Wednesday, March 30, 2011

Third Day in Tuscany - Really Eating Like a Tuscan

As my time in Tuscany progressed, the cooking got more involved and challenging, which I loved.  But before I get into the hefty menu we created that day, I want to briefly talk about the wonderful daytime excursion we had with Paolo at a Baroque monastery in a town called Calci.

Also located in an off-the-beaten-path area, one probably wouldn't know to uncover this treasure unless you were with a true Tuscan.  We were lucky in this way, as Paolo discovered this piece of history and all its "candy" years ago, when he and Pat opened up Tasty Tuscany. 

The most notable part of Calci was the aforementioned Baroque monastery he took us to, which included breathtaking frescoes of religious and secular scenes, opulent halls where the monks gathered and the modest quarters in which they lived.  We also had the pleasure of seeing an old pharmacy, which was run by the monks and was still functioning until about 30 years ago.  It was all so fascinating and truly unreal to imagine that we were looking at and touching pieces of history originating in the 13th century.

When we got back to the villa, we were pretty tired and took a luxurious cat nap after lunch under some trees, overlooking the beautiful rolling hills of Tuscany.  After a dose of R&R, it was back to the kitchen we went to create our 3rd meal.

Cooking Lesson 3 - A Real Taste of Tuscany

Our third cooking lesson was the most involved and took the most amount of time, but we enjoyed every minute of it.  After glancing at the menu, we were nearly squealing with excitement for today was the day we'd make fresh pasta.  I've made a form of fresh pasta before with my grandmother in Slovakia and I've always had a really hard time rolling out the dough. I was hoping to learn how to do it properly here.  But aside from the pasta, there were other lovely dishes we learned--from the stuffed and baked zucchini to a refreshing Tuscan salad and Cantuccini (aka Biscotti)--that by the end of this meal, we were three very happy (and full) travelers.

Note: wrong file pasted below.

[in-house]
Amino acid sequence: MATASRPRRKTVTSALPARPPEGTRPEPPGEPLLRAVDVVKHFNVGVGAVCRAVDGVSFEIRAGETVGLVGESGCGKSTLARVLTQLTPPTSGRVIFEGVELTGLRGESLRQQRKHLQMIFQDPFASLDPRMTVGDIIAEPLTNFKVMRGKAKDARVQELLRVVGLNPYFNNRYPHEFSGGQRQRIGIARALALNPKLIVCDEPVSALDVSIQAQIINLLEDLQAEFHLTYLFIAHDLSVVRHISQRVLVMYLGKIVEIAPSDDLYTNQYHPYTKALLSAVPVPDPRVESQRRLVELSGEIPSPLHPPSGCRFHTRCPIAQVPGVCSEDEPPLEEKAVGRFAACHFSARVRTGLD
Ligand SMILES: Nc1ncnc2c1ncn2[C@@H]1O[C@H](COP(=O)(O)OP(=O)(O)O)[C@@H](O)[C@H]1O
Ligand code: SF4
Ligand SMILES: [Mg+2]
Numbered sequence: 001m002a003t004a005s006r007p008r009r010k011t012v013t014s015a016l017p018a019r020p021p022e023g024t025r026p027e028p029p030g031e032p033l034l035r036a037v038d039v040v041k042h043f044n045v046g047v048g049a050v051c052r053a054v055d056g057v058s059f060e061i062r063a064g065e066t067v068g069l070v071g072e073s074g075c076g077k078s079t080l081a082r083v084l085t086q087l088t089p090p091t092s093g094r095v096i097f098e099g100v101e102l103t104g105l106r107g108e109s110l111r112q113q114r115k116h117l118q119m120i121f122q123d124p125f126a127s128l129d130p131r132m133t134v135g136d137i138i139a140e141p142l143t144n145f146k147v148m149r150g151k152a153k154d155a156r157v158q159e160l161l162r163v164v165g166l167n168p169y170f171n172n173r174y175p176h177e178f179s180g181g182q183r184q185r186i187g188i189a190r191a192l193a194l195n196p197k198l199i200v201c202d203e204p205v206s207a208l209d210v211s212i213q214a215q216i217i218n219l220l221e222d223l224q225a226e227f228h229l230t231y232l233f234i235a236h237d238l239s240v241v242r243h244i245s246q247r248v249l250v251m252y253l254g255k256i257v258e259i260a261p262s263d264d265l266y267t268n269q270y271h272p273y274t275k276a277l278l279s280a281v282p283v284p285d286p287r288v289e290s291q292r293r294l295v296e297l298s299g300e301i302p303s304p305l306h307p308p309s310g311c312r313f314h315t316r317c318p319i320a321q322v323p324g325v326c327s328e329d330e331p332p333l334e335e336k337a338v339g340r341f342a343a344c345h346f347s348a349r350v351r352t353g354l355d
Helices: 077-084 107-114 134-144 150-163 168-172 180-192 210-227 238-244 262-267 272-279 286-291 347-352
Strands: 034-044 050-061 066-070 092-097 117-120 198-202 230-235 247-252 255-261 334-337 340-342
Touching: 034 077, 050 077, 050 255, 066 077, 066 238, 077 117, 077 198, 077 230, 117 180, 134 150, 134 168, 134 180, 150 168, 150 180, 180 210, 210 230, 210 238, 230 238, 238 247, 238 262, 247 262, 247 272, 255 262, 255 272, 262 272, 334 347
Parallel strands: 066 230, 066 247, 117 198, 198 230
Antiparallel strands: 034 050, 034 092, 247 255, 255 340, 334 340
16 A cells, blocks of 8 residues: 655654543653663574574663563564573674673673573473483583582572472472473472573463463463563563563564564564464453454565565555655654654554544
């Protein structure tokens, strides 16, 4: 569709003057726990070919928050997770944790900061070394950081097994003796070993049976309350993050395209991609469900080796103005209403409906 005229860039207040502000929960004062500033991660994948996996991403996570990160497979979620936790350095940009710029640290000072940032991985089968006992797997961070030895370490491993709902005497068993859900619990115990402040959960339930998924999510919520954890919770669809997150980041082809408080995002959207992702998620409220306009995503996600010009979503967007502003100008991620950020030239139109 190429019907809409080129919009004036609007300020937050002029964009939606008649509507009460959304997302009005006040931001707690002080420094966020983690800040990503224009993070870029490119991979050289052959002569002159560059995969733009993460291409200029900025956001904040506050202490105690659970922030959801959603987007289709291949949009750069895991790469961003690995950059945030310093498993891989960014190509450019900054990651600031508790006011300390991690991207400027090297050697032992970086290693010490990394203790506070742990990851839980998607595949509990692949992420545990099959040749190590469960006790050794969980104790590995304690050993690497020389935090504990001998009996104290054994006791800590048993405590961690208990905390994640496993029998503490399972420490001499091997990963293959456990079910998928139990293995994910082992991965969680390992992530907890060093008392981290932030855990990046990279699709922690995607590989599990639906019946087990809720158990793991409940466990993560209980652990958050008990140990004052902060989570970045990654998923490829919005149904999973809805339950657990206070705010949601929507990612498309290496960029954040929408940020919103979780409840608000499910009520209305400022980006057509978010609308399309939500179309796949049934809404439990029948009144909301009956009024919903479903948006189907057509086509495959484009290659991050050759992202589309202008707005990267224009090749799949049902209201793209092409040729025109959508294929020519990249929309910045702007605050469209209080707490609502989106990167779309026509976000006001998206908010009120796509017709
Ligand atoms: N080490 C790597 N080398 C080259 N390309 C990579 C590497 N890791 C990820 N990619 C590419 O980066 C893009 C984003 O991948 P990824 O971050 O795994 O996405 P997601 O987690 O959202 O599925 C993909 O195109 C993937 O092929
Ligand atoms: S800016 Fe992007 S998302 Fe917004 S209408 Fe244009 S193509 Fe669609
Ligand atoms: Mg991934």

Handmade Tagliatelle with Sweet Tomato Sauce - Pat did a great job demonstrating the simplicity and the magic behind making fresh pasta.  For all of you who are intimidated by this process, I hope this description changes your mind, for you don't need any special equipment or ingredients.  All you need is flour, egg and a good roller.  While the process was a little time consuming, it was so much fun and we really enjoyed putting our own spin on each batch of tagliatelle - mine were all helter skelter while Angela's and Marjorie's were perfectly straight and beautiful.  But in the end it didn't matter, as they all looked gorgeous in our bowls, mixed in with the sweet tomato sauce we made.  Here's how you make the pasta:

Ingredients: (Serves 6)
1 egg per serving
Approximately 6 tbs of flour per serving

Place your egg in a bowl with 2 heaping tbs of flour.  Whisk with a fork until incorporated.  Add 1 or 2 tbs of flour, depending on the consistency you get.  The goal is to get a firm dough ball where you don't see the yellow in the egg.  Continue to beat your dough until you get the desired firm but still malleable consistency.

In the meantime, set a large pot of water to boil.